Throughout the 1930s and 1940s, engineers and technicians filed many jet engine patents. There are several documented cases of prototypes being constructed and tested to varying degrees of success throughout the world during this period. This gave rise to this decade known as the "jet era".
Sir Frank Whittle
Sir Frank Whittle was a British engineer who worked for the British Royal Air Force and is widely credited for creating the first patent and prototype of the modern jet engine. Whittle first created and successfully obtained the patent for the jet engine schematics in 1930.
By 1935, the patent was due for renewal, and due to financial difficulties, Whittle could not afford the renewal fee. Whittle met with Rolf Dudley-Williams, a British aeronautical engineer. They decided to create a partnership named Power Jets Ltd to further the jet engine research and create a prototype.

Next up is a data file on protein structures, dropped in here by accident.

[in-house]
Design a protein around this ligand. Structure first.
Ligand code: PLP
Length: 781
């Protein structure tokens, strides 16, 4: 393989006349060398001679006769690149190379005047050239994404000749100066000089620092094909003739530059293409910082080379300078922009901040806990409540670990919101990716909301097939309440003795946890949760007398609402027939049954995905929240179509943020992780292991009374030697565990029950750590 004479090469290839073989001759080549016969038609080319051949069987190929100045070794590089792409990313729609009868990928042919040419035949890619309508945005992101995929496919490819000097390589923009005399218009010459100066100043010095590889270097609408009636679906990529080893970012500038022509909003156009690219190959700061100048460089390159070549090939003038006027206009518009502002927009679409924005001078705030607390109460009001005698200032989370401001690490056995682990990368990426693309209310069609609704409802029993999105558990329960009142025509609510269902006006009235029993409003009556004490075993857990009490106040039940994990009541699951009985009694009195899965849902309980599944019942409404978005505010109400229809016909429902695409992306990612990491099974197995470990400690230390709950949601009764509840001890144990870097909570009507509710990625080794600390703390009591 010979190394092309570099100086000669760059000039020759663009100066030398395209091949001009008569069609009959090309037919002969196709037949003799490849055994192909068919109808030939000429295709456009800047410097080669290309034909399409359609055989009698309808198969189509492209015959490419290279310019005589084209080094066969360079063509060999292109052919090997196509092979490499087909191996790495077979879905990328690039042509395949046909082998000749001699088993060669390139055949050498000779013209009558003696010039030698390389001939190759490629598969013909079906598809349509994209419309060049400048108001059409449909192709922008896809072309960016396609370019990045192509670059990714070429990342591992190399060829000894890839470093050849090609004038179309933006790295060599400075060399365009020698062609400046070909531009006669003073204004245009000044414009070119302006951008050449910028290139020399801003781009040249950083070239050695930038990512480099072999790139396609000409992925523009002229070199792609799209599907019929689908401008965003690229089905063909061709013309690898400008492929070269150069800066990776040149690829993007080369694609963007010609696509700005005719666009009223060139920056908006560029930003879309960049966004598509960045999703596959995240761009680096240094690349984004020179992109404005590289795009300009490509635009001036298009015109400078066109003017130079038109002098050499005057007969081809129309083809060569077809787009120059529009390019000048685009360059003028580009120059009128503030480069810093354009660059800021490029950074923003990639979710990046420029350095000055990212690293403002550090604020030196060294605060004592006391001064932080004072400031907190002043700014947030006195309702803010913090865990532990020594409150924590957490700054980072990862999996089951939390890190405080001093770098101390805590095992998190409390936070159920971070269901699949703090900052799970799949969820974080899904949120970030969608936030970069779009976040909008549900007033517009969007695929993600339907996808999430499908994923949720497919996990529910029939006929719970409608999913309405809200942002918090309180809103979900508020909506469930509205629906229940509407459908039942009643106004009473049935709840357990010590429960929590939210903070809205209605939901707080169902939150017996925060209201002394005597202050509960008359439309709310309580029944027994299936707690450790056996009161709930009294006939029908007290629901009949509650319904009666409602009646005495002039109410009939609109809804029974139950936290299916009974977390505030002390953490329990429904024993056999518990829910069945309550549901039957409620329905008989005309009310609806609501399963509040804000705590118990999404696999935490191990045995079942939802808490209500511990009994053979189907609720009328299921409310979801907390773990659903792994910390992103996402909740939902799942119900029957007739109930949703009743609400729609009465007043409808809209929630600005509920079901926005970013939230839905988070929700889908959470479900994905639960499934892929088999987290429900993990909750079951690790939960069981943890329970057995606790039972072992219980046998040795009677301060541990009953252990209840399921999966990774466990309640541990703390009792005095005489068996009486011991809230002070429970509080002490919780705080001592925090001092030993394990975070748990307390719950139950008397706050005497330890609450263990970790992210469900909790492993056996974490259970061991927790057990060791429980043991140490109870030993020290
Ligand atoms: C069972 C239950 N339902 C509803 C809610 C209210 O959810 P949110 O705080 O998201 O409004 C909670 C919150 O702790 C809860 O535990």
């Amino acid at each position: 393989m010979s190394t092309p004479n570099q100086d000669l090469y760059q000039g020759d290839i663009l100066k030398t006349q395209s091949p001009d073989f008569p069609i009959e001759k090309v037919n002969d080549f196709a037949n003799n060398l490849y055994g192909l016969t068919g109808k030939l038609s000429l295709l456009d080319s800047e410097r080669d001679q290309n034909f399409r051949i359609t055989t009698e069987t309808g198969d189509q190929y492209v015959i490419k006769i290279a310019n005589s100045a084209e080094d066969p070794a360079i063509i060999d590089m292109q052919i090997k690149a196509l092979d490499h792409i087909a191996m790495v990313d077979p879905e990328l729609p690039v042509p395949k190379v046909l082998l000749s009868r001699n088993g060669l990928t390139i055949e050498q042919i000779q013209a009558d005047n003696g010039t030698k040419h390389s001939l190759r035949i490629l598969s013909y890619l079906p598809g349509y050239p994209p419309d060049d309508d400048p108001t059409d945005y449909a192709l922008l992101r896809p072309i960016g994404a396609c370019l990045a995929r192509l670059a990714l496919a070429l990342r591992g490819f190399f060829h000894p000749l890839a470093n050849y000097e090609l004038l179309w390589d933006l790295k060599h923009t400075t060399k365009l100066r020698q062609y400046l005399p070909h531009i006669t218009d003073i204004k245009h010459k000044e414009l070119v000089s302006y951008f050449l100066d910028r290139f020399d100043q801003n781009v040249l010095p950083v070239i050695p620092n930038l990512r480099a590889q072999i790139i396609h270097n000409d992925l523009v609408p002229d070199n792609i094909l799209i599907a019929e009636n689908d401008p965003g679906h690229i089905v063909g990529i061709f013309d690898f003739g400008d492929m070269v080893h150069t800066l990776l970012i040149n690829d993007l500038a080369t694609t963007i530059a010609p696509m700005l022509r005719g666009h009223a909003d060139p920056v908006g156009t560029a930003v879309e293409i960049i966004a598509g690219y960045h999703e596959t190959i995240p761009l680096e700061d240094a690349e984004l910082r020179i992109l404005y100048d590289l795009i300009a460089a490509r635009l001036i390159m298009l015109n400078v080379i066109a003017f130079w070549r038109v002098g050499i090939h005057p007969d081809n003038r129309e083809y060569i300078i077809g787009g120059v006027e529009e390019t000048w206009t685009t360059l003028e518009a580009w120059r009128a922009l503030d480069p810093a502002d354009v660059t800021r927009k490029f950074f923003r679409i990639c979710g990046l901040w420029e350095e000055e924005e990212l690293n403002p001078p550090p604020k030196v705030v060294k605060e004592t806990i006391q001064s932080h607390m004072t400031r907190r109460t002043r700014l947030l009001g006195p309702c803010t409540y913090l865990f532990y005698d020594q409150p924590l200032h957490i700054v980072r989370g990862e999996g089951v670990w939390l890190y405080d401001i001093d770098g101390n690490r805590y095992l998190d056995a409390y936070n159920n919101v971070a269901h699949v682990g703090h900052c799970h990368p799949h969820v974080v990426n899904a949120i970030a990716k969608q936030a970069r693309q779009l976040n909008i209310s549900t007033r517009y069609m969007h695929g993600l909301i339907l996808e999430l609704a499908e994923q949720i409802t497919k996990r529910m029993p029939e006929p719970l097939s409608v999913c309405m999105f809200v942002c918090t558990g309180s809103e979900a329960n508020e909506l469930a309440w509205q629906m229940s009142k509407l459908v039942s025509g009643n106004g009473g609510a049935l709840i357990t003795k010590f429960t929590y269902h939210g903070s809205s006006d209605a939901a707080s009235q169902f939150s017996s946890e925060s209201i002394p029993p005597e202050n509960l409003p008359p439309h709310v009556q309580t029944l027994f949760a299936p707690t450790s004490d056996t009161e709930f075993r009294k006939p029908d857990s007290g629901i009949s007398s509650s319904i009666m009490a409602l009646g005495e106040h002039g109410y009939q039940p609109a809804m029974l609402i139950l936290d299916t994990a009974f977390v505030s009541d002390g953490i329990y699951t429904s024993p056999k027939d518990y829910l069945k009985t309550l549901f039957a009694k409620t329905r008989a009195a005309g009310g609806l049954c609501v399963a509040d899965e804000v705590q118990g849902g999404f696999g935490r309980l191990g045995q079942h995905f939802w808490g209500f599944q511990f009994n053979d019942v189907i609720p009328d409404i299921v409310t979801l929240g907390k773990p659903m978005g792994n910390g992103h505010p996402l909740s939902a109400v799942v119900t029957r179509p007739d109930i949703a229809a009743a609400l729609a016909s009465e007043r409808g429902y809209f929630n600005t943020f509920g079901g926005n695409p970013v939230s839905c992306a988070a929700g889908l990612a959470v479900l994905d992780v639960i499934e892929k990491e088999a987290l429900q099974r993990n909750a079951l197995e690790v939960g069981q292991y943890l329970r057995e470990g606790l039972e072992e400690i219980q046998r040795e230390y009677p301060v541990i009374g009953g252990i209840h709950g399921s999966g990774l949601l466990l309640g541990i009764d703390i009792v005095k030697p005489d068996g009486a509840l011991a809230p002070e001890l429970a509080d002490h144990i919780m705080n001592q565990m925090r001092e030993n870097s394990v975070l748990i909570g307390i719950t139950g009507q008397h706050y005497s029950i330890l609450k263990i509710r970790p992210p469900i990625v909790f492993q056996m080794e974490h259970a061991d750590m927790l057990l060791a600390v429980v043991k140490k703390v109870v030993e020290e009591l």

The First Working Prototype of the Jet Engine
Whittle was given the title "Honorary Chief Engineer and Technical Consultant" at Power Jets Ltd. He quickly developed a working prototype in 1936 with steam turbine specialists British Thomson-Houston.
Meanwhile, in Spain around the same time in 1936, a completely separate prototype of the jet engine was being constructed by Virgilio Leret Ruiz at the Hispano-Suiza aircraft factory in Madrid. Leret Ruiz obtained a patent for the jet engine in 1935. He was executed just months after the initial prototype was built by Francoist troops at the onset of the Spanish Civil War.
Virgilio Leret Ruiz's schematics were hidden from the Francoists and secretly handed to the British embassy in Madrid a few years later when his wife, Carlota O'Neill, was released from prison.
In the UK, Whittle remained oblivious to the work of the Spanish Captain and created multiple prototypes of the jet engine from 1936 until funding issues took hold of the company in 1939.
Engineers tested many designs, but critical design issues prevented the design from being used for any aviation capacity until Gloster Aircraft Company used Whittle's engine design within the Gloster E.28/39 aircraft in 1941.